The Orlando Magic were able to defeat the Indiana Pacers by the score of 111-96, getting back in the win column after losing to the Detroit Pistons on Monday. The Magic were led by a balanced attack, as six players scored in double-figures. Dwight Howard led the way for Orlando with 19 points, 16 rebounds, three blocks, and two steals. Howard befuddled Roy Hibbert defensively, holding him to four points and two rebounds in roughly 15 minutes of action. With Howard able to shut down the Pacers’ lone threat in the low post, they had to rely on a perimeter attack that couldn’t muster enough offense to overcome Hibbert’s lack of production. Yes, Indiana was able to make a game of it at times throughout the evening, but the Magic’s firepower offensively was too overwhelming. In total, Orlando was able to make 16 three-pointers, two short of their season-high. Jason Richardson finished with 19 points and nine rebounds. Hedo Turkoglu had an efficient outing, putting up 18 points (on 7-of-10 shooting), seven rebounds, and four assists. Ryan Anderson contributed with 14 points. Jameer Nelson had 12 points, while J.J. Redick chipped in with 10 points. Lights out three-point shooting by Orlando was the difference in the game, when it all comes down to it.
- Josh Robbins of the Orlando Sentinel: “Reserve point guard Jason Williams did not join the Orlando Magic on their two-game road trip to face the Indiana Pacers tonight and the Chicago Bulls on Friday night, leaving his status with the team up in the air. When asked about Williams’ status after the Magic’s shootaround today at Conseco Fieldhouse, the team’s president of basketball operations, Otis Smith, responded: ‘Well, he’s not with the team. We’ll deal with him when we get back to Orlando.’ Williams participated in the team’s practice Tuesday at Amway Center, but with the impending return of big man Malik Allen from injury, Williams was slated to be taken off of the team’s active list because the Magic would have had 13 healthy players and NBA teams are permitted to carry 12 players on their active roster. This is Williams’ second absence from the team this season.”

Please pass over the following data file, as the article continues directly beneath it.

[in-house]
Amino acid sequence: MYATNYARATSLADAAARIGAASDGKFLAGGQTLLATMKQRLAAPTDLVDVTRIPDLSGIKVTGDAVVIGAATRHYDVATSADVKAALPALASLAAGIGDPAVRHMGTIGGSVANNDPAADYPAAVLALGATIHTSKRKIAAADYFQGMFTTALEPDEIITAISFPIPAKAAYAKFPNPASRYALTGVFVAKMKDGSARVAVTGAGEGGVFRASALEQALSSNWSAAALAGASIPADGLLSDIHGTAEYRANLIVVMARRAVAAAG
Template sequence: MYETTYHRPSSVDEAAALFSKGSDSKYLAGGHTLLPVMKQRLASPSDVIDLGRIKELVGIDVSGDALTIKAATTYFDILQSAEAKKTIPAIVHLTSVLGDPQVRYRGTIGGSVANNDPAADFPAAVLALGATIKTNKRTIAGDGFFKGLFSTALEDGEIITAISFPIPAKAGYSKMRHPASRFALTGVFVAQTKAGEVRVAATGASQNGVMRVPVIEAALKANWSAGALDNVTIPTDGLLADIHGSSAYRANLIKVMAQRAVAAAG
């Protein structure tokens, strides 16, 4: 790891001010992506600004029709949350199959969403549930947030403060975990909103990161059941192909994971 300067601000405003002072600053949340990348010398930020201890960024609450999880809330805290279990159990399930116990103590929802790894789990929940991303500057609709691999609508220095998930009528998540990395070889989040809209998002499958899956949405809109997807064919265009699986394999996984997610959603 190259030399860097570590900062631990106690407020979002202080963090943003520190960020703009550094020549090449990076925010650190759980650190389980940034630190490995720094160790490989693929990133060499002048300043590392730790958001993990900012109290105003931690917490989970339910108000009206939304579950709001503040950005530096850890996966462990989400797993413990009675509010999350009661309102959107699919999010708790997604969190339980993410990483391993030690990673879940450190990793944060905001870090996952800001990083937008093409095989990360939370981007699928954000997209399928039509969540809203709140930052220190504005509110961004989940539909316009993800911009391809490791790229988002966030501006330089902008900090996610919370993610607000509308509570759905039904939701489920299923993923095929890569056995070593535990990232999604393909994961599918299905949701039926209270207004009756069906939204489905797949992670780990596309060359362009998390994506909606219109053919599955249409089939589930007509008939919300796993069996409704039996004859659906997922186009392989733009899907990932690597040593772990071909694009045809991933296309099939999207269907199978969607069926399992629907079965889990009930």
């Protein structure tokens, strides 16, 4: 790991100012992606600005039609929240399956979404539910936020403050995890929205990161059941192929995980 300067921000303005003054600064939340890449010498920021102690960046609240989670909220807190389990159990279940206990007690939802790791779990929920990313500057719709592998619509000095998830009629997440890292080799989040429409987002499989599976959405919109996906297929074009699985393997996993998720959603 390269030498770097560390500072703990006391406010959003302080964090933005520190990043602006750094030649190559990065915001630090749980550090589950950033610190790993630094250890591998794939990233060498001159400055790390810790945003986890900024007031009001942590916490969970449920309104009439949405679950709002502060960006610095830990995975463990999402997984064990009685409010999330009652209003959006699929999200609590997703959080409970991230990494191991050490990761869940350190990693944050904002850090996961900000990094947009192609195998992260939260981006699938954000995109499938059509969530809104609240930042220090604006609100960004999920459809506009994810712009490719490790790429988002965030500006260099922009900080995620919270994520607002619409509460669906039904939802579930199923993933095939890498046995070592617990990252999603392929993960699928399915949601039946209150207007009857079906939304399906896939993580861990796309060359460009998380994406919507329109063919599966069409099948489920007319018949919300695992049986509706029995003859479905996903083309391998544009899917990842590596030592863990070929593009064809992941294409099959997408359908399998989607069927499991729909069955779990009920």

- Since then, Jason Williams has been waived by the Orlando Magic.
- Head coach Stan Van Gundy will continue with the big men rotation of Dwight Howard, Brandon Bass, and Ryan Anderson manning the forward and center positions.
- Roy Hibbert talks about playing against Howard.
- Quentin Richardson — a consummate professional.
- Josh Cohen of OrlandoMagic.com says that Tim Duncan had an odd impact on the Magic, even though he never signed with the team as a free agent in 2000: “This one may be kind of unusual since Duncan never played for the Magic. But he almost did. In 2000, when the Magic had a ton to spend on free agents, the franchise came very close to landing Duncan and, in effect, uniting him with their other prized signees, McGrady and Grant Hill. It’s very possible that if Duncan opted to join Orlando, the Magic would have captured multiple NBA championships by this time.”
- Evan Dunlap of Orlando Pinstriped Post puts things in perspective about Howard’s free agency.